Having ADHD (Attention Deficit Hyperactivity Disorder) can be a boon and a bane at the same time. It’s a boon because the kind of energy level and stamina that these individuals have can help them achieve so much more than the average person. Michael Phelps, Olympics gold medalist and swimmer, attributes his stellar performance at the most recent Olympic Games to his coping with ADHD.
ADHD traits are similar to those of gifted individuals
Research suggests that some common traits of those with ADHD are similar to those of gifted individuals: high motor activity, sensitivity, intensity, and impatience. In the same manner, some gifted children can have ADHD hence the parent’s role is to determine the weight they put on the doctor’s diagnosis, teachers’ anecdotes and their own experiences. If unresolved, some behavioral problems can arise. Gifted students with ADHD suffered the following: - Poor sustained attentionShift from one uncompleted activity to another
- Diminished persistence on tasks not having immediate consequences
- Impulsive behaviorPoor delay of gratificationMore active and more restless than other children
- Often talk excessivelyPoor adherence to requests to regulate behavior in social settings
- Inattentive to detailsOften interrupt or intrude on others
- Highly sensitive to criticismOften lose things required for tasks at school or home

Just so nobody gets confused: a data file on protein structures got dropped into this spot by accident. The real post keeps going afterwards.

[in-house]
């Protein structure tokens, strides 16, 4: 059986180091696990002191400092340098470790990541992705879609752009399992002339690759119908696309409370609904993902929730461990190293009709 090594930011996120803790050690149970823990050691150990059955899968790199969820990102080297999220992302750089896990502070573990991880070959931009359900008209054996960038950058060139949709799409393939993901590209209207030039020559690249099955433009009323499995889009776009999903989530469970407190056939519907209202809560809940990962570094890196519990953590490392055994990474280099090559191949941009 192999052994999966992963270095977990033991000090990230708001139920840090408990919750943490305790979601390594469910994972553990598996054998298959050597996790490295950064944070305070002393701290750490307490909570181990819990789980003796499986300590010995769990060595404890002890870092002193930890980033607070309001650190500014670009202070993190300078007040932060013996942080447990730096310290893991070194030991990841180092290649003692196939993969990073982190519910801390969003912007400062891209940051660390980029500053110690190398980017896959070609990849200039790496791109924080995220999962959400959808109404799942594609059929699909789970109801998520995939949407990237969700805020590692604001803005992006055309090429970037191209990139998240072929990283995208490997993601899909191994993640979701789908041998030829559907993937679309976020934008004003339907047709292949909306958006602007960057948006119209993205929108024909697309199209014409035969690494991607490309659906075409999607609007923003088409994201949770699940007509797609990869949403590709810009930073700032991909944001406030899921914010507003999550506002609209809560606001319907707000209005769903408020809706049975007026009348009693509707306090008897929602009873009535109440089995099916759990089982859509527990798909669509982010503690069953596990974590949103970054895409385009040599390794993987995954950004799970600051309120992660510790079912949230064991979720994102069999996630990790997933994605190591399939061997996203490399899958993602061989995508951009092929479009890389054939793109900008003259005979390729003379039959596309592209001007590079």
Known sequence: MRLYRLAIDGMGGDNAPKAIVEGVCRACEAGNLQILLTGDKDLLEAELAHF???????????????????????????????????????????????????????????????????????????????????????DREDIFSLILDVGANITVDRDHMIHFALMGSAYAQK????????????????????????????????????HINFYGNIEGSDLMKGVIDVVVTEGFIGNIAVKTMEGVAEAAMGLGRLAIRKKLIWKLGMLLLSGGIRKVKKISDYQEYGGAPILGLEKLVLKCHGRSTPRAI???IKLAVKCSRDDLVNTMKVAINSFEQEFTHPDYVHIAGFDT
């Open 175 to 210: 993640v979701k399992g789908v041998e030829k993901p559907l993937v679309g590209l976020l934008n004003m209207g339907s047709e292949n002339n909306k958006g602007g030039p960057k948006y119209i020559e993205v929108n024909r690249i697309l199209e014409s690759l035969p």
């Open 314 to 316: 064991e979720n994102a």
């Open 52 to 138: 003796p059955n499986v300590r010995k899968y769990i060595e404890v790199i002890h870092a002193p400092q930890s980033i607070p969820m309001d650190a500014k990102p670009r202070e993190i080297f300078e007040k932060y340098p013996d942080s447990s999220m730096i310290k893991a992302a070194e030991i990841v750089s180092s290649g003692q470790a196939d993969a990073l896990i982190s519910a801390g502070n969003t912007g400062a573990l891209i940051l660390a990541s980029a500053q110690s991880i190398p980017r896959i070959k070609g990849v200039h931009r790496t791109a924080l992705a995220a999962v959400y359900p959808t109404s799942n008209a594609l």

- Problem behaviors exist in all settings, but are more severe in some
- High variability in task performance and in time used to accomplish tasks
ADHD is difficult for students in traditional schools
Having ADHD is a bane because our current traditional school system requires that students sit down for prolonged periods of time, and to one with ADHD, “misbehaving” becomes his only escape. In order to manage behavior, some doctors will prescribe medication. Certain medicines assist people with ADHD in their focus and task commitment. Methylphenidate drugs (like Concerta, Ritalin LA, Focalin XR, or Metadate CD) affect chemical signals in the central nervous system, helping those with ADHD to perform better in school or work.
- Parents need to be well-informed about ADHD medication
ADVERTISEMENT - CONTINUE READING BELOW
- While medication can help, there are certain concerns about its use.
Wayne MacDonald, a health enthusiast and natural remedy researcher, wrote that he was scared to death when he learned that possible effects of ADHD medications include a long-term effect on the developing brain, heart-related problems, psychiatric problems and potential for drug abuse. For a detailed list of possible side-effects, visit the following links:
Any medication has certain side-effects so parents must choose one that has consequences that are acceptable to them and their child. It’s advisable for parents to make informed choices, thus research is well advised. If you think your child has ADD or ADHD, seek professional advice and proper diagnosis as soon as possible. In the context of special needs, catching them early is essential.
SOURCES: ADHDNews.comSousa, D.A. (2003). How the Gifted Brain Learns. Corwin Press, Inc.McDonald, W. (2009). Dangerous Side Effects of ADHD Medications. Retrieved 16 February 2010,TeensHealth from Nemours. (2009). Managing ADHD with Medication.Willard-Holt, C. (1999). Dual Exceptionalities. ERIC Clearinghouse on Disabilities and Gifted Education.